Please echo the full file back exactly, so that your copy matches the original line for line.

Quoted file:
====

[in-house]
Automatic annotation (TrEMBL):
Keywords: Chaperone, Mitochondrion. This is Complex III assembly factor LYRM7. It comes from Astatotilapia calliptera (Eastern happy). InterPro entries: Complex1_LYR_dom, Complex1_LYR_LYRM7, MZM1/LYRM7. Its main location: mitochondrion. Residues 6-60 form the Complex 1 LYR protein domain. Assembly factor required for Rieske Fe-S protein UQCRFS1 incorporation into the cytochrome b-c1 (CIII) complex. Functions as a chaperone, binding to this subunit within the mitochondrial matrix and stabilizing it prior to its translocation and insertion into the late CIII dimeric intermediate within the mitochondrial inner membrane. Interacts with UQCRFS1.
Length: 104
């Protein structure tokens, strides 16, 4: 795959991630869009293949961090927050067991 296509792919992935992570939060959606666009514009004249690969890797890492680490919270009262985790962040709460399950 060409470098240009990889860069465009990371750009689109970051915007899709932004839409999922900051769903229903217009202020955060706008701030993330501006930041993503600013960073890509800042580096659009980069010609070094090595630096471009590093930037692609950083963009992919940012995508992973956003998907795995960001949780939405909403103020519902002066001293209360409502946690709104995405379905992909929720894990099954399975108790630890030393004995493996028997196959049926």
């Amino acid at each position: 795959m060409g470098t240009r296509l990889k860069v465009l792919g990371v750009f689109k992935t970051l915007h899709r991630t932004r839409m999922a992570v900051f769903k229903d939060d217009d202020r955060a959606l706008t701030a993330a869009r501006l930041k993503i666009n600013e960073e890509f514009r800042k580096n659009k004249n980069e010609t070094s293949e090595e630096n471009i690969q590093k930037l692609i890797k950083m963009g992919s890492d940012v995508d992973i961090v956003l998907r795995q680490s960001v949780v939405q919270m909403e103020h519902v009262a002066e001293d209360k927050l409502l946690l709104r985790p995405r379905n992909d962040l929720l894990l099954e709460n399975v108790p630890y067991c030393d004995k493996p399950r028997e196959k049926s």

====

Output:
[in-house]
Automatic annotation (TrEMBL):
Keywords: Chaperone, Mitochondrion. This is Complex III assembly factor LYRM7. It comes from Astatotilapia calliptera (Eastern happy). InterPro entries: Complex1_LYR_dom, Complex1_LYR_LYRM7, MZM1/LYRM7. Its main location: mitochondrion. Residues 6-60 form the Complex 1 LYR protein domain. Assembly factor required for Rieske Fe-S protein UQCRFS1 incorporation into the cytochrome b-c1 (CIII) complex. Functions as a chaperone, binding to this subunit within the mitochondrial matrix and stabilizing it prior to its translocation and insertion into the late CIII dimeric intermediate within the mitochondrial inner membrane. Interacts with UQCRFS1.
Length: 104
């Protein structure tokens, strides 16, 4: 795959991630869009293949961090927050067991 296509792919992935992570939060959606666009514009004249690969890797890492680490919270009262985790962040709460399950 060409470098240009990889860069465009990371750009689109970051915007899709932004839409999922900051769903229903217009202020955060706008701030993330501006930041993503600013960073890509800042580096659009980069010609070094090595630096471009590093930037692609950083963009992919940012995508992973956003998907795995960001949780939405909403103020519902002066001293209360409502946690709104995405379905992909929720894990099954399975108790630890030393004995493996028997196959049926």
């Amino acid at each position: 795959m060409g470098t240009r296509l990889k860069v465009l792919g990371v750009f689109k992935t970051l915007h899709r991630t932004r839409m999922a992570v900051f769903k229903d939060d217009d202020r955060a959606l706008t701030a993330a869009r501006l930041k993503i666009n600013e960073e890509f514009r800042k580096n659009k004249n980069e010609t070094s293949e090595e630096n471009i690969q590093k930037l692609i890797k950083m963009g992919s890492d940012v995508d992973i961090v956003l998907r795995q680490s960001v949780v939405q919270m909403e103020h519902v009262a002066e001293d209360k927050l409502l946690l709104r985790p995405r379905n992909d962040l929720l894990l099954e709460n399975v108790p630890y067991c030393d004995k493996p399950r028997e196959k049926s």